shown - curl show response body




How to display request headers with command line curl (6)

I believe the command line switch you are looking for to pass to curl is -I.

Example usage:

$ curl -I http://heatmiser.counterhack.com/zone-5-15614E3A-CEA7-4A28-A85A-D688CC418287  
HTTP/1.1 301 Moved Permanently
Date: Sat, 29 Dec 2012 15:22:05 GMT
Server: Apache
Location: http://heatmiser.counterhack.com/zone-5-15614E3A-CEA7-4A28-A85A-D688CC418287/
Content-Type: text/html; charset=iso-8859-1

Additionally, if you encounter a response HTTP status code of 301, you might like to also pass a -L argument switch to tell curl to follow URL redirects, and, in this case, print the headers of all pages (including the URL redirects), illustrated below:

$ curl -I -L http://heatmiser.counterhack.com/zone-5-15614E3A-CEA7-4A28-A85A-D688CC418287
HTTP/1.1 301 Moved Permanently
Date: Sat, 29 Dec 2012 15:22:13 GMT
Server: Apache
Location: http://heatmiser.counterhack.com/zone-5-15614E3A-CEA7-4A28-A85A-D688CC418287/
Content-Type: text/html; charset=iso-8859-1

HTTP/1.1 302 Found
Date: Sat, 29 Dec 2012 15:22:13 GMT
Server: Apache
Set-Cookie: UID=b8c37e33defde51cf91e1e03e51657da
Location: noaccess.php
Content-Type: text/html

HTTP/1.1 200 OK
Date: Sat, 29 Dec 2012 15:22:13 GMT
Server: Apache
Content-Type: text/html

Command line curl can display response header by using -D option, but I want to see what request header it is sending. How can I do that?


I had to overcome this problem myself, when debugging web applications. -v is great, but a little too verbose for my tastes. This is the (bash-only) solution I came up with:

curl -v http://example.com/ 2> >(sed '/^*/d')

This works because the output from -v is sent to stderr, not stdout. By redirecting this to a subshell, we can sed it to remove lines that start with *. Since the real output does not pass through the subshell, it is not affected. Using a subshell is a little heavy-handed, but it's the easiest way to redirect stderr to another command. (As I noted, I'm only using this for testing, so it works fine for me.)


The verbose option is handy, but if you want to see everything that curl does (including the HTTP body that is transmitted, and not just the headers), I suggest using one of the below options:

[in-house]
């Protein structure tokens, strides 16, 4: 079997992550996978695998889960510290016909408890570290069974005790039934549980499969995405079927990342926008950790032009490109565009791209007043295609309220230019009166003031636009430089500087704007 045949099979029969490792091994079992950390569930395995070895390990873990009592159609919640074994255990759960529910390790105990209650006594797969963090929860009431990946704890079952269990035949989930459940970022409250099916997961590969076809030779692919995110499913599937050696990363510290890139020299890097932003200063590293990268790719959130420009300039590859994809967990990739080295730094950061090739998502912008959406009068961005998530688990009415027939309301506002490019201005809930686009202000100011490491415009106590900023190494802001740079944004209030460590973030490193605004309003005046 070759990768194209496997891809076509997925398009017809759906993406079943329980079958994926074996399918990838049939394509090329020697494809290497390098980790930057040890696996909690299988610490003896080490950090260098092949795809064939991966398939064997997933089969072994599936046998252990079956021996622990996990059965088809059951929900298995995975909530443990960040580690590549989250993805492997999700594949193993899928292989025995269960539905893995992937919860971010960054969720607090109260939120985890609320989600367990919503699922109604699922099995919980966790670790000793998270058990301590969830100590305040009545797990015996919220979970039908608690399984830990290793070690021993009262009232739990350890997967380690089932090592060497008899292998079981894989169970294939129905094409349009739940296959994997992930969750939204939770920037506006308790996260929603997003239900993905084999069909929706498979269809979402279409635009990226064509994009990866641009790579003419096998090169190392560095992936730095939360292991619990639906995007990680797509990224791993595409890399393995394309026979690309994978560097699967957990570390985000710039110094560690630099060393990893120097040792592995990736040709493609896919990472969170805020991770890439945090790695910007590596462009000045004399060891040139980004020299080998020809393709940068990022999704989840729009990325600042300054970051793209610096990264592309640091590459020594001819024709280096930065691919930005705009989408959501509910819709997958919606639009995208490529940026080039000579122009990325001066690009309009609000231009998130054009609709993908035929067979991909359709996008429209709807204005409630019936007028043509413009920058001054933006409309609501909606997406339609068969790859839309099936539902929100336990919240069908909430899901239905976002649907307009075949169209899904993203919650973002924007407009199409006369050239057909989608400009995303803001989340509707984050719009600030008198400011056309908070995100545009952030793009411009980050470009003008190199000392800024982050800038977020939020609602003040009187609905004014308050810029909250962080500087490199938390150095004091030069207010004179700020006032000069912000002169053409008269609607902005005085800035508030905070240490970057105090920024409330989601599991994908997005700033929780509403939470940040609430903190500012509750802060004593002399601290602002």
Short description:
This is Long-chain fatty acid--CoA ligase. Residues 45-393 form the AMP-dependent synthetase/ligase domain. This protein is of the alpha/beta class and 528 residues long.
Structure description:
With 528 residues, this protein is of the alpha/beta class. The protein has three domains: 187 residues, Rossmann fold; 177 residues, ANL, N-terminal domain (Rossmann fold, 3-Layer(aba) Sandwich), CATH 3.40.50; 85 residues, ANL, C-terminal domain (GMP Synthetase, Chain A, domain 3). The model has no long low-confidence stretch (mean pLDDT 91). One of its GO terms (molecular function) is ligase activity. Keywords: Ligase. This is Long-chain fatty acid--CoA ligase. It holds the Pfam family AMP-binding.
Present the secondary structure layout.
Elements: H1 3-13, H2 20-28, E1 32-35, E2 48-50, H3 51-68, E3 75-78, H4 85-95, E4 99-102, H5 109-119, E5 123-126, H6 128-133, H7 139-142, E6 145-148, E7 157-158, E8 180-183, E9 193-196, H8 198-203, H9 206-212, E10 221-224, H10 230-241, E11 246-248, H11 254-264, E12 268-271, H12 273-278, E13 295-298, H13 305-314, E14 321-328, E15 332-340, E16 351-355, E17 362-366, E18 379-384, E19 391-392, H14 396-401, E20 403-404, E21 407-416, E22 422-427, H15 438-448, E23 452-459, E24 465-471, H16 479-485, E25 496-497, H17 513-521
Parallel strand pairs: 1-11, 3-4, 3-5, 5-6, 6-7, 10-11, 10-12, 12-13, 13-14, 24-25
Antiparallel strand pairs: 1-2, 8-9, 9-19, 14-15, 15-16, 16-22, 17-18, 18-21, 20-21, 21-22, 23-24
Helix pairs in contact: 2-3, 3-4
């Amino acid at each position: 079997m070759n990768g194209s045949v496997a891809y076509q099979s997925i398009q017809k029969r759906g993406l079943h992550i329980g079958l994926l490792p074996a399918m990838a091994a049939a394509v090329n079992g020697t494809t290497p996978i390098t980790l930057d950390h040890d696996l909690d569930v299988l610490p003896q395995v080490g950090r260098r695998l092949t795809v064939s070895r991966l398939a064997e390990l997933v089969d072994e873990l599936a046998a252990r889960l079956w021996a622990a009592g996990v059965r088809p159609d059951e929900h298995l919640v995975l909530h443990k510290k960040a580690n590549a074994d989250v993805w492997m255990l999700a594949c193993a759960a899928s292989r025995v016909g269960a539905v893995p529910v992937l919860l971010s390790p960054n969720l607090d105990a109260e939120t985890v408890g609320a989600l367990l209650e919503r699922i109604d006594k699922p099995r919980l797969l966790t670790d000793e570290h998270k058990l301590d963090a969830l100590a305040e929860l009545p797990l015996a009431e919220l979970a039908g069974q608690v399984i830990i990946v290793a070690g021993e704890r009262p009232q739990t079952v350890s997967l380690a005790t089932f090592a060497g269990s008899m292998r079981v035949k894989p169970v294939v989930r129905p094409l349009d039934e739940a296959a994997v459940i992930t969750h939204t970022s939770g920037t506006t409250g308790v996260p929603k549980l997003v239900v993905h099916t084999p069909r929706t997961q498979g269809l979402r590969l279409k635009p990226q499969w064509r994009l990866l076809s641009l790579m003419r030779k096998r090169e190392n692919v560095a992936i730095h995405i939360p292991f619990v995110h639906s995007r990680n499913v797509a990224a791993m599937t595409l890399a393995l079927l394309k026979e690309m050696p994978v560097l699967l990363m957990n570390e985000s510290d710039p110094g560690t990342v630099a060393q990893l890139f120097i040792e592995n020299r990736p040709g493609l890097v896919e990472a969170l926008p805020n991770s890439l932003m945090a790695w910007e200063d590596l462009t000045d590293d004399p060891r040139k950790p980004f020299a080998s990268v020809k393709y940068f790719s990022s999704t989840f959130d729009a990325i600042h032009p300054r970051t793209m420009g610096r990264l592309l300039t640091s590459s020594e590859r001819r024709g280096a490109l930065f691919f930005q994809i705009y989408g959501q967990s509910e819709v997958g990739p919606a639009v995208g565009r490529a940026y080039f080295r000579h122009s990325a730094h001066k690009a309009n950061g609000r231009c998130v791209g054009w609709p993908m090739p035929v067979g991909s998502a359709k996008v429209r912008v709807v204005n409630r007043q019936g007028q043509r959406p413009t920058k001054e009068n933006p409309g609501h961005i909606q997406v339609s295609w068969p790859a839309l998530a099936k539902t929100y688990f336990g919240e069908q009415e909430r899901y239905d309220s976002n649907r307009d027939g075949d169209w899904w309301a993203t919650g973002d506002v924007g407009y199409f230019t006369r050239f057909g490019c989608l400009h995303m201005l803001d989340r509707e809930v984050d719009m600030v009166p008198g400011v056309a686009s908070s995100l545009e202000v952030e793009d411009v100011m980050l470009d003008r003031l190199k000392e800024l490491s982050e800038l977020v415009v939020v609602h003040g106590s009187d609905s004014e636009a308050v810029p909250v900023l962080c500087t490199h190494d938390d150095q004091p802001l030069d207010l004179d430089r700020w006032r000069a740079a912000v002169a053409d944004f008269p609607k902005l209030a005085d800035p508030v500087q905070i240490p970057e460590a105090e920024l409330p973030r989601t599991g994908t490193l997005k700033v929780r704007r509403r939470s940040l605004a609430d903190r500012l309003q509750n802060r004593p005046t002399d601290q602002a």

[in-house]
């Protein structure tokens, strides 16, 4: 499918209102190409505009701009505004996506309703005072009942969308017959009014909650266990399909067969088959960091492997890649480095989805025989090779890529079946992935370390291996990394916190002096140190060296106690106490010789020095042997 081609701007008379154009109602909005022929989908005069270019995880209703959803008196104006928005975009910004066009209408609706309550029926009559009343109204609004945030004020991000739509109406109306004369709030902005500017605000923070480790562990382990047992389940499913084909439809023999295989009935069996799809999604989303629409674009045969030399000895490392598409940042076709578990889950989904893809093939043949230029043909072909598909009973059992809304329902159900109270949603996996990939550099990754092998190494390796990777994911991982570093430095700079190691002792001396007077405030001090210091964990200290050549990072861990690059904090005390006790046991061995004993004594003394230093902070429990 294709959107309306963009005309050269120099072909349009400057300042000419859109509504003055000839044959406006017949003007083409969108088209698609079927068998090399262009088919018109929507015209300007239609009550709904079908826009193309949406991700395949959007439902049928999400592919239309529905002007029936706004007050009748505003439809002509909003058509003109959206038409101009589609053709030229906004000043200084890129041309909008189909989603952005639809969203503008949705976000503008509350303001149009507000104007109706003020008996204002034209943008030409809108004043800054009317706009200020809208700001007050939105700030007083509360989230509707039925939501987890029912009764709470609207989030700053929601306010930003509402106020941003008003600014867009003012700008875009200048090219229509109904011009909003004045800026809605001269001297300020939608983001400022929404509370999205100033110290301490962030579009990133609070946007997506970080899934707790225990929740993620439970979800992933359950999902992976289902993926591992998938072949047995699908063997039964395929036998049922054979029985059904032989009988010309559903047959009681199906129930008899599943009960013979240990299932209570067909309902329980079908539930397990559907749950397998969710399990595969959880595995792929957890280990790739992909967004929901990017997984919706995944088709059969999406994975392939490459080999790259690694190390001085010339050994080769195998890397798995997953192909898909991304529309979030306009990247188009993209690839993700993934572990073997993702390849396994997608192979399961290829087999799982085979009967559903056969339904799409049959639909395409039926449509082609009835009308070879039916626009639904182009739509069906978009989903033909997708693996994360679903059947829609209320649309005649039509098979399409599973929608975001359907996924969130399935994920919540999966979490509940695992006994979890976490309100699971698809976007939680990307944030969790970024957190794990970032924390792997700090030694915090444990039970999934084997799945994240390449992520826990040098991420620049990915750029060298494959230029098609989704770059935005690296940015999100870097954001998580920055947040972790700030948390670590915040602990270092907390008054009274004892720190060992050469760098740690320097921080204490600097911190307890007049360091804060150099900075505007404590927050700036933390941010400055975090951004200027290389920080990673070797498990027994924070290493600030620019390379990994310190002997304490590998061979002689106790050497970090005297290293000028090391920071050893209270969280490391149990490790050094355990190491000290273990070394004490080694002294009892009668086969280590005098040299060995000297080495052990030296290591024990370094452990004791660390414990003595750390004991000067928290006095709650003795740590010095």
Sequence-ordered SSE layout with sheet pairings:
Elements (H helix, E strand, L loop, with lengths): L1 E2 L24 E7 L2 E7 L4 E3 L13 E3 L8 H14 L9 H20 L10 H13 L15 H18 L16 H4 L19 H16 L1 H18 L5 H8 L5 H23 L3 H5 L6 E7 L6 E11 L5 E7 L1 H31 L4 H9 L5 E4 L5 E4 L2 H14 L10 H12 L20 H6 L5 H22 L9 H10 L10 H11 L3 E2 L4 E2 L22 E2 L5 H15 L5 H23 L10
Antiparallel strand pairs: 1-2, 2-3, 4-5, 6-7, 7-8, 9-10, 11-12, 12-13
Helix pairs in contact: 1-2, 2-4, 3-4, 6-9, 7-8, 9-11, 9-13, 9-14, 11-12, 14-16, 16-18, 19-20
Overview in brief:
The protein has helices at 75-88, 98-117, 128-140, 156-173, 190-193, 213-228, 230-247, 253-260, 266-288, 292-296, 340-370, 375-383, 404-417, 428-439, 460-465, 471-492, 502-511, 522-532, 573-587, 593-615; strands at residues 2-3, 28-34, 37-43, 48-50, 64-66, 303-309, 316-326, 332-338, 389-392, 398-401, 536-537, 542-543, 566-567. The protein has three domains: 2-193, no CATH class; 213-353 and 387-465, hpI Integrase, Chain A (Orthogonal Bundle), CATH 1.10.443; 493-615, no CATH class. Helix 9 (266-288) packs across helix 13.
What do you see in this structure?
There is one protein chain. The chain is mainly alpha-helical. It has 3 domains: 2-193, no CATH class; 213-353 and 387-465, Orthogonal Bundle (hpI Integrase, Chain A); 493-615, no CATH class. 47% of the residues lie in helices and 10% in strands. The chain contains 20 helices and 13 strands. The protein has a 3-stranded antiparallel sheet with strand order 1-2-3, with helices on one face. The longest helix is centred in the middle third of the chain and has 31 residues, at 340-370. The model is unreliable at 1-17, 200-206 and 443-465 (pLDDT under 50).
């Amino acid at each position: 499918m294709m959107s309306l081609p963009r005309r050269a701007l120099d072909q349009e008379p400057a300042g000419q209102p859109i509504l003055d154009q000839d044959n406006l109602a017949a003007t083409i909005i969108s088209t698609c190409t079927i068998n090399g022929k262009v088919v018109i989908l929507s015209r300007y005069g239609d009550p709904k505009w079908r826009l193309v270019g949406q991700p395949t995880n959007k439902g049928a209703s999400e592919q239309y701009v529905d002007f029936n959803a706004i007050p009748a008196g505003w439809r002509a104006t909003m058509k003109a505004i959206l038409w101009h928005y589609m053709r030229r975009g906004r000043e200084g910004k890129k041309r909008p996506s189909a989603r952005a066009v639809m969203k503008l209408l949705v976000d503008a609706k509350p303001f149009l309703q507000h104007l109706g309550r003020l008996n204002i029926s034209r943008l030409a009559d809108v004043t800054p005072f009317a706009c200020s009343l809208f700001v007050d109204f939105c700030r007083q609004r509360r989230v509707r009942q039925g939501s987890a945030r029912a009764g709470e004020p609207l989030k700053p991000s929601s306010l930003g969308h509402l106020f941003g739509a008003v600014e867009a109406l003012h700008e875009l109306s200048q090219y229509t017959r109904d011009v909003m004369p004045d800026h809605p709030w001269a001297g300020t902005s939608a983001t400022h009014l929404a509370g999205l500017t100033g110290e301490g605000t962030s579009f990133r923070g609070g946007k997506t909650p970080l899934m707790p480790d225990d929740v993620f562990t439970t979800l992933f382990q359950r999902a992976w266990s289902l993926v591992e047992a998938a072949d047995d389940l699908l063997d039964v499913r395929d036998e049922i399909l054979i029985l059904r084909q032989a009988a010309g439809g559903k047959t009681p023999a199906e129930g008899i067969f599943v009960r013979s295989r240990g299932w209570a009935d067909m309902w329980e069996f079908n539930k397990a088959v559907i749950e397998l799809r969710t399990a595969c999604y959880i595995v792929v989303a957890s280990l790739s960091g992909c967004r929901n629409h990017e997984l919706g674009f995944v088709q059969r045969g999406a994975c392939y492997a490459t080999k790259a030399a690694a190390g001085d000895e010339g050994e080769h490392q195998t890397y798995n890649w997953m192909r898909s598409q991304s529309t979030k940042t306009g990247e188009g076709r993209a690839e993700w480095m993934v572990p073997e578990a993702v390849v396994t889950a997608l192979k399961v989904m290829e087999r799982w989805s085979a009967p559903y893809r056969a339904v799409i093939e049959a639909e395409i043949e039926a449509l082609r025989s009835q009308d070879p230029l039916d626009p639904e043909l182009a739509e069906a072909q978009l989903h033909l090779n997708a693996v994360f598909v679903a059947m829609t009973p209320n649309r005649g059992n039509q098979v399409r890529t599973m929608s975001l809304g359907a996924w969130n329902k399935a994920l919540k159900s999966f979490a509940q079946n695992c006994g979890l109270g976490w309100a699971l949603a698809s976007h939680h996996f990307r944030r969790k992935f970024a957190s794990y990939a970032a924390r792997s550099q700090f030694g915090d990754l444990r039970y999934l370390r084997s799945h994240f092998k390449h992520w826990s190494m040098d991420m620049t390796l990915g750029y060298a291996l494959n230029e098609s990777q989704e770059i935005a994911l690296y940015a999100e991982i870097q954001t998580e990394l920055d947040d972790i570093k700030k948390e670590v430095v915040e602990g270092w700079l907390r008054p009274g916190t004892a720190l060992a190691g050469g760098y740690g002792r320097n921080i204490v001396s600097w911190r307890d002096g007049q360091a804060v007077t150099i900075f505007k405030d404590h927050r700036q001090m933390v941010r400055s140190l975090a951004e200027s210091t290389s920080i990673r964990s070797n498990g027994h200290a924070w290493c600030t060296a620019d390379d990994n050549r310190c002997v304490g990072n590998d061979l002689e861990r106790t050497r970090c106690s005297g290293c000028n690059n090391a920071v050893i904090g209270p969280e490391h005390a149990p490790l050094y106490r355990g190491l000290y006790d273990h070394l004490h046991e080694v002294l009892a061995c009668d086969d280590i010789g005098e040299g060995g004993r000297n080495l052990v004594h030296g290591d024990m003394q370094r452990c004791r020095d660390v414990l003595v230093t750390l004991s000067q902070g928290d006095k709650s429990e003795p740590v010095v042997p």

• --trace-ascii - # stdout
  • --trace-ascii output_file.txt # file

You get a nice header output with the following command:

 curl -L -v -s -o /dev/null google.de
  • -L, --location follow redirects
  • -v, --verbose more output, indicates the direction
  • -s, --silent don't show a progress bar
  • -o, --output /dev/null don't show received body

Or the shorter version:

 curl -Lvso /dev/null google.de

Results in:

* Rebuilt URL to: google.de/
*   Trying 2a00:1450:4008:802::2003...
* Connected to google.de (2a00:1450:4008:802::2003) port 80 (#0)
> GET / HTTP/1.1
> Host: google.de
> User-Agent: curl/7.43.0
> Accept: */*
>
< HTTP/1.1 301 Moved Permanently
< Location: http://www.google.de/
< Content-Type: text/html; charset=UTF-8
< Date: Fri, 12 Aug 2016 15:45:36 GMT
< Expires: Sun, 11 Sep 2016 15:45:36 GMT
< Cache-Control: public, max-age=2592000
< Server: gws
< Content-Length: 218
< X-XSS-Protection: 1; mode=block
< X-Frame-Options: SAMEORIGIN
<
* Ignoring the response-body
{ [218 bytes data]
* Connection #0 to host google.de left intact
* Issue another request to this URL: 'http://www.google.de/'
*   Trying 2a00:1450:4008:800::2003...
* Connected to www.google.de (2a00:1450:4008:800::2003) port 80 (#1)
> GET / HTTP/1.1
> Host: www.google.de
> User-Agent: curl/7.43.0
> Accept: */*
>
< HTTP/1.1 200 OK
< Date: Fri, 12 Aug 2016 15:45:36 GMT
< Expires: -1
< Cache-Control: private, max-age=0
< Content-Type: text/html; charset=ISO-8859-1
< P3P: CP="This is not a P3P policy! See https://www.google.com/support/accounts/answer/151657?hl=en for more info."
< Server: gws
< X-XSS-Protection: 1; mode=block
< X-Frame-Options: SAMEORIGIN
< Set-Cookie: NID=84=Z0WT_INFoDbf_0FIe_uHqzL9mf3DMSQs0mHyTEDAQOGY2sOrQaKVgN2domEw8frXvo4I3x3QVLqCH340HME3t1-6gNu8R-ArecuaneSURXNxSXYMhW2kBIE8Duty-_w7; expires=Sat, 11-Feb-2017 15:45:36 GMT; path=/; domain=.google.de; HttpOnly
< Accept-Ranges: none
< Vary: Accept-Encoding
< Transfer-Encoding: chunked
<
{ [11080 bytes data]
* Connection #1 to host www.google.de left intact

As you can see curl outputs both the outgoing and the incoming headers and skips the bodydata althought telling you how big the body is.

Additionally for every line the direction is indicated so that it is easy to read. I found it particular useful to trace down long chains of redirects.


in php set curl options

CURLINFO_HEADER_OUT => true,

CURLOPT_HEADER => 1,

and maybe dump header result into mysql.. for easier logging.

also can use wireshark if using browser for more detailed than what F12/Firebug gives


the -v option for curl is too verbose in the error output which contains the leading *(status line) or >(request head field) or <(response head field). to get only the request head field:

curl -v -sS www..com 2>&1 >/dev/null | grep '>' | cut -c1-2 --complement

to get only the request head field:

curl -v -sS www..com 2>&1 >/dev/null | grep '<' | cut -c1-2 --complement

or to dump it into /tmp/test.txt file with the -D option

curl -D /tmp/test.txt -sS www..com > /dev/null

in order to filter the -v output, you should direct the error output to terminal and the std output to /dev/null, the -s option is to forbid the progress metering





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